Monday, January 19, 2009

What's In The West Wing?

aka an example of my total lack of research...

Thursday, last week, I ended up spending about 3 solid hours in the studio. After two solid weeks of book project making, the place was a complete disaster. I mean, scary messy. There was no way I could introduce new equipment into the studio with all that crap all over the place.

So clean I did. What I also decided to do was open up a new "wing" in the studio. You can check out the studio before shots, HERE, and HERE. Remember, I put up the shower curtain wall to separate storage from studio. And you know, I really wasn't thinkin' in the summer when I did that because the vent from the heater is on the other side of that wall. So, lol... my side isn't heated, but the storage side is. (stupid... at least it is heated now.) I call this the "West Wing" because of Disney's Beauty and The Beast. Belle was forbidden to go in the West Wing where the Beast was keeping his enchanted rose safe. None of the kids are allowed in that area of Momma's studio because of the uber hot kiln that is now taking up residence there. You can see it sitting on the floor.

When I bought the kiln and accessories from Rio Grande to start fusing glass, I really didn't do much research into what I was buying or the right materials I would need. I figured I could figure it out as I went. Hey, that is what I do right? I fly by the seat of my artistic pants and make it up as I go. If there is one thing I have learned in my nearly 4 years of glass working, it is that you shouldn't wing it when it comes to glass.

Here is just a few of the mistakes I have made so far...

1)The New Kiln ~ blinded by it's ability to reach high temps, I didn't read the fine print closely enough. So the kiln I thought came with a digital temp control, in fact came with a glorified thermometer and a big dial. So, for my first fusing project, I spent the ENTIRE day sitting on a concrete floor and running up and down basement stairs adjusting the temp dial to get the kiln doing what it should. Oh, and to top it off, that thermometer read in Celsius not Fahrenheit, so all the notes I took from my new fusing book about the temp adjustments had to be converted.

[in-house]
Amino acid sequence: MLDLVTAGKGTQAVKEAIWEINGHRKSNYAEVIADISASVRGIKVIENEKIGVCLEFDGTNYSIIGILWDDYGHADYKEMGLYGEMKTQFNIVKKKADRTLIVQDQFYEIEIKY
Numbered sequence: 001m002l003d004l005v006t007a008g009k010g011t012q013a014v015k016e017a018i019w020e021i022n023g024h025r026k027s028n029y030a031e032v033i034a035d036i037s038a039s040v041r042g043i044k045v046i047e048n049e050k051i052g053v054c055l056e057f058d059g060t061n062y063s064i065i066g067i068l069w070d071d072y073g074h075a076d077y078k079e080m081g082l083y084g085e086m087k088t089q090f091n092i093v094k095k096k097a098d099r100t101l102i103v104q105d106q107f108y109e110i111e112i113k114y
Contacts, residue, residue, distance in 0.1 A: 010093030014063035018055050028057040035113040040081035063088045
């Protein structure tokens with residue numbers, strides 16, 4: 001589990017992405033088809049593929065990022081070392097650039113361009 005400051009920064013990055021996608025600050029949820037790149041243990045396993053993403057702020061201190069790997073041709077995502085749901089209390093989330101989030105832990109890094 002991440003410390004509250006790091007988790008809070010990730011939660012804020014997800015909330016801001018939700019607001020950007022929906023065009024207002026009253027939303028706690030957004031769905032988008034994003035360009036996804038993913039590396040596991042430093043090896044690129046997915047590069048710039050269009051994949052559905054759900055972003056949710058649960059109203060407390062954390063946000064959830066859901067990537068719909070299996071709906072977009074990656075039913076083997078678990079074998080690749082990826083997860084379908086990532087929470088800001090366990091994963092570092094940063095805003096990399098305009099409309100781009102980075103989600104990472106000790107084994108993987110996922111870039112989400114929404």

(now I need to buy a digital controller for the new kiln, unless I intend to spend every fusing session sitting on the floor next to the kiln)

2)The Glass ~ blinded this time by my overwhelmed imagination filled with new design ideas, I placed an order for sheet glass for fusing in the same coefficient as my lampworking. I didn't pay much attention to the fact that the kit came with different glass, and all the books use different glass. I was trying to be "green" and work with the glass I had on hand, instead of adding a whole new line of glass into the studio. Turns out that 104coe glass isn't good for fusing because it is notoriously incompatible with it's self. There aren't very rigorous tests done on 104coe glass and while that it okay for making beads, it is NOT okay with fusing. It also has trouble with devitrification on the surface of the glass. Which turns pretty colors crappy.

(so now I have $200 of sheet glass in my studio I can't return and won't use... plus I have to buy the right glass for the job)

I would show you photos of the miserable results of my first fusing project, but alas, I forgot to recharge my camera batteries. I think that is for the best though. I wouldn't want to ruin you opinion of my ability to make pretty things with glass, LOL. Trust me when I say, the results of 10hours of kiln babysitting really shouldn't see the light of day.


Christine said...

Yay for glass fusing! I, too, have a small fusing kiln without a digital controller. Babysitting that thing just sucks. Batch annealing beads is just as bad as fusing. One of these days I will afford a kiln with a digital controller. Fusing does take practice, though, so keep trying things out and you'll get there. Use the 104 sheet glass for practice projects! I've had success fusing 104, but I did have more failures first. And hey, if something turns out well, then you're ahead of the game! Have fun!

MsBaubles (AliBaubles) said...

I was giggling reading your post, not at you, but it reminded me of me. I get an idea in my head, the enthusiasm takes, over, and I go running with it, like a bull in a china store :)

I'm sure you will have lots of fun, and start producing bright, fun, stunning things before you know it :)

CreekHiker said...

Kerry, you can cut that glass into strips and make beads with it!

Anonymous said...

hello, this is a little late but can't you return the kiln and get a different one? this does sound like something i would do. i'm kind of glad others do the same types of things that i do! good luck! lisa d., portland, oregon.

Shannon said...

Sheets of glass? Have you ever tried making a stained glass panel? I don't no anything about glass fusing, but I love looking at all the glass sheets for stained glass!